Zoom is probably the most dominant video conferencing software used in online learning. This collection includes our top tips to get you going on using Zoom.
Core Zoom Skills
Zoom’s chat feature can be a great resource – but are also a potential distraction when teaching. Learn how to selectively use it within your class, or disable it to avoid interruptions.
If you are new to Zoom, there are a lot of settings that are useful of being aware of when setting up a meeting. This article explores those settings, with guidance on what may be useful for your class.
If your class incorporates attendance as part of its grading structure, it is useful to be able to download a list of class attendance, rather than have to manually record participation levels – this article describes how to download attendance for each class.
It can be useful to see Zoom as your students do – this makes it easier to know what they are likely seeing at there end and provide guidance and instructions. This article shows how Zooms looks from the student perspective.
A quick way of engaging with students on Zoom is through the use of polls. In this article, we will explain how to set up polls in Zoom and effective opportunities for integrating them into your class.
One of the most common ways of presenting on Zoom is to share a PowerPoint Presentation. In this article, we will explore how to set PowerPoint presentations to open as a separate Windows that can then be shared from within Zoom.
The waiting room feature help ensures Zoomboming is a thing of the past. This article explains Zoom’s waiting room feature, and important things to know about the feature for managing your class.
Breakout Rooms can be one of the most effective ways of integrating discussion and student engagement into classes – explore ways of integrating them in your classes.
Tips and Tricks for Effectively Managing your Class
There are lots of shortcuts in Zoom – most you will never want. This article highlights the important ones specifically useful when teaching online.
Although Zoom does not allow many opportunities for customization, there are several small adjustments to make Zoom slightly more personalized. This article will explain changing your profile picture, waiting room interface, and other personalization opportunities.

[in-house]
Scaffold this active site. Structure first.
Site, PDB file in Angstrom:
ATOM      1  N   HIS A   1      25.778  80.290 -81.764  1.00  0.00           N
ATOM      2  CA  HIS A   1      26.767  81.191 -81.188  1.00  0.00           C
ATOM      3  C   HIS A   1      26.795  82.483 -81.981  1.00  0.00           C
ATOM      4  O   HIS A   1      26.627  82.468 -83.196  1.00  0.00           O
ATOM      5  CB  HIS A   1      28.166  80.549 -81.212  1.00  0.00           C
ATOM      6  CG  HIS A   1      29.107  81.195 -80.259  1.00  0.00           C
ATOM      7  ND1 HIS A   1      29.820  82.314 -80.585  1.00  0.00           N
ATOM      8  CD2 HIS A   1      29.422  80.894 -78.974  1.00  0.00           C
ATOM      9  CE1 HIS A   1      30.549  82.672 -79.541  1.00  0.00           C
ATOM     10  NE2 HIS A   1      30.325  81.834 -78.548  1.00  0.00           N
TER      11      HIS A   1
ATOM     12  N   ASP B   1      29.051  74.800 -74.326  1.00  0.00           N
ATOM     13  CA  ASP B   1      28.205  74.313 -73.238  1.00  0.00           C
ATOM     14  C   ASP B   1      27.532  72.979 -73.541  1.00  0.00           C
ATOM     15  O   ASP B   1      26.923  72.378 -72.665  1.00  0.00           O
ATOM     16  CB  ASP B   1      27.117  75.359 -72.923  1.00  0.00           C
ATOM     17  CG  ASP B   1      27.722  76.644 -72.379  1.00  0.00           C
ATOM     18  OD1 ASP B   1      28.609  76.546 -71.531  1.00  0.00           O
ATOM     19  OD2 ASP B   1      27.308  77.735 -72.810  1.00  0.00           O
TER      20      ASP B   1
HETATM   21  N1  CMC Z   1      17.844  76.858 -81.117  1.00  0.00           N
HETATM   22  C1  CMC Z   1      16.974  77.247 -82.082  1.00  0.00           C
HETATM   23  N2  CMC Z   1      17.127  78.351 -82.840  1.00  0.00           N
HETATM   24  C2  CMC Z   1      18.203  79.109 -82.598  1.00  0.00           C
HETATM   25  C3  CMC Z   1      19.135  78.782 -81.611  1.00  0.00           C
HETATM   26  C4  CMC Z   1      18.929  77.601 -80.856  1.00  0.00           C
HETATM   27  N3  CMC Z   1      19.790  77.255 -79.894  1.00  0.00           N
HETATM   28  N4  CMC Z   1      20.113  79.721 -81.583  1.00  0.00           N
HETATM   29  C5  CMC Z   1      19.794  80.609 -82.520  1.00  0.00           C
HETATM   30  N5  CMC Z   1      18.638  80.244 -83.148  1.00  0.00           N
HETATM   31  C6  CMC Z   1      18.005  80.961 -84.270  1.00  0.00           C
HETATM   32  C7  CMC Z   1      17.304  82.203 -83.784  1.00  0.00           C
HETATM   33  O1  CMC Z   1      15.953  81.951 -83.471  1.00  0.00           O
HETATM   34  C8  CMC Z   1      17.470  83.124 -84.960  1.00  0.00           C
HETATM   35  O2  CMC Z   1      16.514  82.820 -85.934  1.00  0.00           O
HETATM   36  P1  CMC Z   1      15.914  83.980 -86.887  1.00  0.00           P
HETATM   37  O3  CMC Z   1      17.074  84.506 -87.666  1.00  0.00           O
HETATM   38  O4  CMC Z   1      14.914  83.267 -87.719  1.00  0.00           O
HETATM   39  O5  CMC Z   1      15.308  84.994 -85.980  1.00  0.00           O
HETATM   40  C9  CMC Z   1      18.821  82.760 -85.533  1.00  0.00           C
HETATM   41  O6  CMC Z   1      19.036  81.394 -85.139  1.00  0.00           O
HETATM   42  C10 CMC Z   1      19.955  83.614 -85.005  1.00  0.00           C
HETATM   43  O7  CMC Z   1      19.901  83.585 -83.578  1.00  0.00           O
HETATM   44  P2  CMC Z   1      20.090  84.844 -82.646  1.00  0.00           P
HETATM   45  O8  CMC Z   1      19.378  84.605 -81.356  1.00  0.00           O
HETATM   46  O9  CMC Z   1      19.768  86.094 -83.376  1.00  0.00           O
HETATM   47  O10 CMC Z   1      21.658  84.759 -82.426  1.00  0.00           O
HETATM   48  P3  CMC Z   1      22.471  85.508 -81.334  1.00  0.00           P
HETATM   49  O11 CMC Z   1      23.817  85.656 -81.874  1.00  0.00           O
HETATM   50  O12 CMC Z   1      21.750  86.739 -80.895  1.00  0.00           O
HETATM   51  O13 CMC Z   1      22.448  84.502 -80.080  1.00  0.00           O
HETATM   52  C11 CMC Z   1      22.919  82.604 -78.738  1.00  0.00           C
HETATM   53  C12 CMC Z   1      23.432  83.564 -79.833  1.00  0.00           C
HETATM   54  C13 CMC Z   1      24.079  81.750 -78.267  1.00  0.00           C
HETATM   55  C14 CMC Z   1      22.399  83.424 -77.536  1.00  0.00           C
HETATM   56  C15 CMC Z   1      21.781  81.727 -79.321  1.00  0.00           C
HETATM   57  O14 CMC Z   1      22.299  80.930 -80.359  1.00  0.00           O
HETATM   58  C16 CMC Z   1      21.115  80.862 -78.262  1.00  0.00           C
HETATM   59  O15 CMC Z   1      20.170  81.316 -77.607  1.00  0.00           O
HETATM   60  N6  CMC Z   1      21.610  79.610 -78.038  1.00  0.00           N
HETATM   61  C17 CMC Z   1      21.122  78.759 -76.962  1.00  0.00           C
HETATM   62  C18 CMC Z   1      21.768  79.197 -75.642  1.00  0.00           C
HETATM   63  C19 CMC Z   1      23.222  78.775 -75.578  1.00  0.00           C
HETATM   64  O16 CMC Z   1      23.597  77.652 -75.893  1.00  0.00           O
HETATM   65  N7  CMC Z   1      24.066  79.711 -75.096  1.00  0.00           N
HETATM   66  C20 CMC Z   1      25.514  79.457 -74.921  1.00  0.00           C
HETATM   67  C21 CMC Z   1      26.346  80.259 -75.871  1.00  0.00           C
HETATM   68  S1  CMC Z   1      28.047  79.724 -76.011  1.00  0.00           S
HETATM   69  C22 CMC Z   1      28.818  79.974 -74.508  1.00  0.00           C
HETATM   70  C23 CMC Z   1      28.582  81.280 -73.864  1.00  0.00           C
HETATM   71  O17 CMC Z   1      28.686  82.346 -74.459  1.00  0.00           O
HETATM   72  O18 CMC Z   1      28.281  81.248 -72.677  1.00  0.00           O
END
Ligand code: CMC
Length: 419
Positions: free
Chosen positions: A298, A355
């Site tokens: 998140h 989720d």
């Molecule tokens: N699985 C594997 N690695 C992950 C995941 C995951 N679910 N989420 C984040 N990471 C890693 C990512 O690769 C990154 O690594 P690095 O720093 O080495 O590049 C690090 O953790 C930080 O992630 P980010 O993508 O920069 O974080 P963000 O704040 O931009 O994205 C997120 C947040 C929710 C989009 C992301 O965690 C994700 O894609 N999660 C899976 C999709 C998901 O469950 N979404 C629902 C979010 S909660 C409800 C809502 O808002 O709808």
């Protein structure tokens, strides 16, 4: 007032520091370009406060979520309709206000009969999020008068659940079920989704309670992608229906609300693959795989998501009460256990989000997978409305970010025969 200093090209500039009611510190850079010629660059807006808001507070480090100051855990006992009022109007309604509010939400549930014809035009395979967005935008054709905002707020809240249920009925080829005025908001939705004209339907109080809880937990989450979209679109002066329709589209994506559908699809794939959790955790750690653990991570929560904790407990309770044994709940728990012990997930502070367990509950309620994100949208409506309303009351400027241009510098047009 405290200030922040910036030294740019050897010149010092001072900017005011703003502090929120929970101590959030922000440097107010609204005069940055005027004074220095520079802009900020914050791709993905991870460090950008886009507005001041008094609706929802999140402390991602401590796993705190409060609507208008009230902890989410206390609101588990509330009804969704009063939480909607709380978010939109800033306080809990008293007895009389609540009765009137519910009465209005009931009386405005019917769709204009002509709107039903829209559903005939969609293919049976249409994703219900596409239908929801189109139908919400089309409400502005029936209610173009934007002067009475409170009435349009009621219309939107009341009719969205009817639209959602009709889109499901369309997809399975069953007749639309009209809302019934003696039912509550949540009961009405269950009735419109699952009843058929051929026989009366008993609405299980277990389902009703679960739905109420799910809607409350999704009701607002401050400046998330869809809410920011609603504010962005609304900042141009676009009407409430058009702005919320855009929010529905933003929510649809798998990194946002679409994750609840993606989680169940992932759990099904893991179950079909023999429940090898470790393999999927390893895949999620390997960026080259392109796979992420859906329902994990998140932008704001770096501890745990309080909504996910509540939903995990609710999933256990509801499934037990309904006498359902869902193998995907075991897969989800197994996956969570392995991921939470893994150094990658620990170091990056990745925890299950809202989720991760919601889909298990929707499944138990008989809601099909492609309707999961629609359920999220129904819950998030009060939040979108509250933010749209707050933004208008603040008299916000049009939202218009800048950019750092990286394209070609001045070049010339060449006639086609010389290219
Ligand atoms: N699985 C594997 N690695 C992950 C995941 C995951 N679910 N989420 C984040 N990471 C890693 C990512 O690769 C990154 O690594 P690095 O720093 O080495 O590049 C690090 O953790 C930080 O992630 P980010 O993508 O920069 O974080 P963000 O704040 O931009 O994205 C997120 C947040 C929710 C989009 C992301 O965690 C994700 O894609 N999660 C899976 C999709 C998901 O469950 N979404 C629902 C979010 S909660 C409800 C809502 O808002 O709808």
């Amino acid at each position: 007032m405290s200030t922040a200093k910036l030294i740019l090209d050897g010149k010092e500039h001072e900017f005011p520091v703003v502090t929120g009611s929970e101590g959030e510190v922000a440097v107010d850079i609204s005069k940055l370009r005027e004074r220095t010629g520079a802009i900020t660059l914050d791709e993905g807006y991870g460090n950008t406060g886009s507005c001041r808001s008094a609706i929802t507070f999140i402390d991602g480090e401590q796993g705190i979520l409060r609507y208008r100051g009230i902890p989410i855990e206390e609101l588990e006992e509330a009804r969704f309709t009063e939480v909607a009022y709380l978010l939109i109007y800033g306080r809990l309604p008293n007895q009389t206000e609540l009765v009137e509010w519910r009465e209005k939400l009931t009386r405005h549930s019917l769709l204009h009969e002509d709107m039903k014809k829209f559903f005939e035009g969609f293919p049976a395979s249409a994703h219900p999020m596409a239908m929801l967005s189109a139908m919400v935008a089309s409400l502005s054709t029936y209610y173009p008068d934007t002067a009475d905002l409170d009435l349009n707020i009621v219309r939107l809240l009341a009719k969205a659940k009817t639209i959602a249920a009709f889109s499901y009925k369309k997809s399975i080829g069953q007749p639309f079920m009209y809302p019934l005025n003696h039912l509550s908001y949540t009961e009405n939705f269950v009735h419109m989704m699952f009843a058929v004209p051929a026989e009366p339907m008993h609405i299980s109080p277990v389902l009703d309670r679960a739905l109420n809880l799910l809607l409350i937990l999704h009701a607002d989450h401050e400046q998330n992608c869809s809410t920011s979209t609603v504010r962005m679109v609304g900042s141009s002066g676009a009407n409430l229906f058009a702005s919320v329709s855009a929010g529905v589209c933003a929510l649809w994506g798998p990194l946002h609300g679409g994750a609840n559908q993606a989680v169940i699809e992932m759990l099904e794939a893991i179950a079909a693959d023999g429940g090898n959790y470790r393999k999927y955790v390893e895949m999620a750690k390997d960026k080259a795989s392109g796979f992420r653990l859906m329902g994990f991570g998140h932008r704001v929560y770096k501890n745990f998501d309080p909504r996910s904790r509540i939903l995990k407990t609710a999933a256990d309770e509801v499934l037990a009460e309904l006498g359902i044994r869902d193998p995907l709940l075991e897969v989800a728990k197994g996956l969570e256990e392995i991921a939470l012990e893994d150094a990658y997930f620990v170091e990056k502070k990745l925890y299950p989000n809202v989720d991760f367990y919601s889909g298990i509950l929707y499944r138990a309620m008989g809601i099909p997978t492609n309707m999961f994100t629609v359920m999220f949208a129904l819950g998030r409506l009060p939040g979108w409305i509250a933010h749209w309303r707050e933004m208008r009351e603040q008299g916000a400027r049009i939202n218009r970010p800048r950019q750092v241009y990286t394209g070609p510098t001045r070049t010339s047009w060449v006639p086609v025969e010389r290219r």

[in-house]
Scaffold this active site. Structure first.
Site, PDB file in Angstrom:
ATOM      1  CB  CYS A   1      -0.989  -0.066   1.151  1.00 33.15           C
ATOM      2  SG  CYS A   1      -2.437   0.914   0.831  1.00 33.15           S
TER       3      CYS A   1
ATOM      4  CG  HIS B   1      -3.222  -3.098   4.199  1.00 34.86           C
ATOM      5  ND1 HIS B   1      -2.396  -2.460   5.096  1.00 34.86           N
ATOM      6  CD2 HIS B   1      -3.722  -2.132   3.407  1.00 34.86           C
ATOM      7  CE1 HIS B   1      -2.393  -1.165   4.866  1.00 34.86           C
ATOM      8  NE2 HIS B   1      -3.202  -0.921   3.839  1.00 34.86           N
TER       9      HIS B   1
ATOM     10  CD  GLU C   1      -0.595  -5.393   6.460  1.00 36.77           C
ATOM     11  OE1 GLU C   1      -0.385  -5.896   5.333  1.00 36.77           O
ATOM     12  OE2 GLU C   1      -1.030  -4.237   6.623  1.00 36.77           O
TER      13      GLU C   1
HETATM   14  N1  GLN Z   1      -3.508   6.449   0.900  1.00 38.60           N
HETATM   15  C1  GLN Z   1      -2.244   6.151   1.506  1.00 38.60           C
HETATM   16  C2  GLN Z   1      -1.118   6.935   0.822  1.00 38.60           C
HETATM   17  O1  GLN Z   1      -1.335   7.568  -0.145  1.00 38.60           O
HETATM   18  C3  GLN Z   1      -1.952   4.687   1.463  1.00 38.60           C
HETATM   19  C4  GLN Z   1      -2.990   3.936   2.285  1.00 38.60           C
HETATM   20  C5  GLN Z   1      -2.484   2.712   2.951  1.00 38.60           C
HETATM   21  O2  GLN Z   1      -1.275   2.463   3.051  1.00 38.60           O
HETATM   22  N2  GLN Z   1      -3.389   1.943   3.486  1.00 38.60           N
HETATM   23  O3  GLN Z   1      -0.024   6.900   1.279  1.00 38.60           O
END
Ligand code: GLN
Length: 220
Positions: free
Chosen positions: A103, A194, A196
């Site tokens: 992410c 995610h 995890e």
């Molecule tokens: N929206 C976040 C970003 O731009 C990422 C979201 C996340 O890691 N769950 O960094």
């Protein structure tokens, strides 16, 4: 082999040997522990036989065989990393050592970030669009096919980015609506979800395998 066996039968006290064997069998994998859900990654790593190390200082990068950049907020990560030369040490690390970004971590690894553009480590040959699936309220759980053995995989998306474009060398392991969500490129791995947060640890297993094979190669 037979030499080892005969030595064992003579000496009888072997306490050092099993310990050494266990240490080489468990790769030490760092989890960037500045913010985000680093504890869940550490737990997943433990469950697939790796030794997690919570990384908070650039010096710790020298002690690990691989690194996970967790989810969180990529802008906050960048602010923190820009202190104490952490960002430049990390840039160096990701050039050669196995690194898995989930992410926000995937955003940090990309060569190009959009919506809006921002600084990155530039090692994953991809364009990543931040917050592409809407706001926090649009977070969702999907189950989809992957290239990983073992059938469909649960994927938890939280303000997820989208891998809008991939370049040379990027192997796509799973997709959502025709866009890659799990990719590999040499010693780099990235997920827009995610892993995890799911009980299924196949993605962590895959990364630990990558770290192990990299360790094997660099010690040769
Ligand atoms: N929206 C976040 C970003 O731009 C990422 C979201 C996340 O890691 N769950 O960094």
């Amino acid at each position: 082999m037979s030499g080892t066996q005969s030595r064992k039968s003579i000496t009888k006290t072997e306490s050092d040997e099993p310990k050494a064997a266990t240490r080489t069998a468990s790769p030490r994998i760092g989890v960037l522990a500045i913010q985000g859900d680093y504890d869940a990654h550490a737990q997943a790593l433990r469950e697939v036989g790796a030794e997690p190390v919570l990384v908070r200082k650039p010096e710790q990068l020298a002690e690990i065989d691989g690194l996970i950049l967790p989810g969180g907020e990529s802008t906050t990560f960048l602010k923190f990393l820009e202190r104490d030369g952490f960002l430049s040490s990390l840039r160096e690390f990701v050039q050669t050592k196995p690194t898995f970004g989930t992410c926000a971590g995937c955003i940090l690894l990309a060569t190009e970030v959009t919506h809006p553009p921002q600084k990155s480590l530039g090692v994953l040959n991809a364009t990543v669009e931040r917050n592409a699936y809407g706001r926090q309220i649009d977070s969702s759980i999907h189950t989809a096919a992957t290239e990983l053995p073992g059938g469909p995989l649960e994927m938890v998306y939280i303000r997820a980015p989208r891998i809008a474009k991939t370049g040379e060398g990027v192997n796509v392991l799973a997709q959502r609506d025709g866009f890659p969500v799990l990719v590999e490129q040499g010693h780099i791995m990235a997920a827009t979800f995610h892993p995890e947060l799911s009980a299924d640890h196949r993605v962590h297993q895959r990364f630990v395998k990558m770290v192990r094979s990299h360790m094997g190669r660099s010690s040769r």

While having Zoom recording is a fantastic resource for students, enabling those who miss class to rewatch the missed material, it is possible that students may raise tangential or private issues, particularly at the start and end of classes when they may assume that there is no one else in the room. This article explains how to use Zoom’s trim feature to remove this unwanted material from the archive.
Although Zoom includes an easy to use options bar that appears at the bottom of the call, the standard behavior is for this bar to auto-hide. When presenting a Zoom class it is useful to have these options easily available so that they can be clicked as needed. This article illustrates how the change this default behavior.
One of the challenges with teaching medium to large classes on Zoom is viewing all students simultaneously. Although the default settings in Zoom limits the number of thumbnails displayed in the gallery view to 25, this can be increased to 49 (depending on your computer’s capabilities). This article explains how to enable this option, the computer specifications required to enable the feature.
The resolution of your video classes can have a big impact on the overall experience – high resolution makes everything feel crisper and closer to in-person discussions. The guide illustrates how to change the resolution of Zoom calls, reducing pixelation from default settings.
Avoiding technical issues
From connection and internet issues to microphone and webcam problems, there will inevitably be at least some technology issues during your Zoom classes. This article and its accompanying student-companion, is intended to help you to provide support to students who are having issues connecting to your Zoom call.
Online teaching presents some new difficulties that have the potential of derailing a class. This article explores some possible sources of disruption and considers ways of reducing the likelihood of issues arising, or dealing with such problems should they occur in the class.